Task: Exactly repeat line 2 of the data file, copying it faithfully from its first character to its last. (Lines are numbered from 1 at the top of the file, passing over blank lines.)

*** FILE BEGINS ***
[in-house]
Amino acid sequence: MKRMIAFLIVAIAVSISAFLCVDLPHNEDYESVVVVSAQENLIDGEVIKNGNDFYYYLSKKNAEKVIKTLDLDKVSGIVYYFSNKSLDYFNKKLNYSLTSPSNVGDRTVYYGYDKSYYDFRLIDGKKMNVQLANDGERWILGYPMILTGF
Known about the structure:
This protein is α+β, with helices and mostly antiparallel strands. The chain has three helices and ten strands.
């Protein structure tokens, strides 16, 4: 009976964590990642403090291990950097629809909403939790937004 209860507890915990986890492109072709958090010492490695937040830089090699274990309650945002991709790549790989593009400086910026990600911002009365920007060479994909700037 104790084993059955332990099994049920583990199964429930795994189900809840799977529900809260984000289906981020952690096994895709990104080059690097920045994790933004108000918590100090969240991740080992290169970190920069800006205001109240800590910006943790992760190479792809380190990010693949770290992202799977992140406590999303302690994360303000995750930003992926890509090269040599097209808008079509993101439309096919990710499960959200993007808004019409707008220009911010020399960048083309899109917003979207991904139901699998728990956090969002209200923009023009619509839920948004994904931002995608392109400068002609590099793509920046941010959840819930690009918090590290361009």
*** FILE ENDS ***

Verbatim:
Amino acid sequence: MKRMIAFLIVAIAVSISAFLCVDLPHNEDYESVVVVSAQENLIDGEVIKNGNDFYYYLSKKNAEKVIKTLDLDKVSGIVYYFSNKSLDYFNKKLNYSLTSPSNVGDRTVYYGYDKSYYDFRLIDGKKMNVQLANDGERWILGYPMILTGF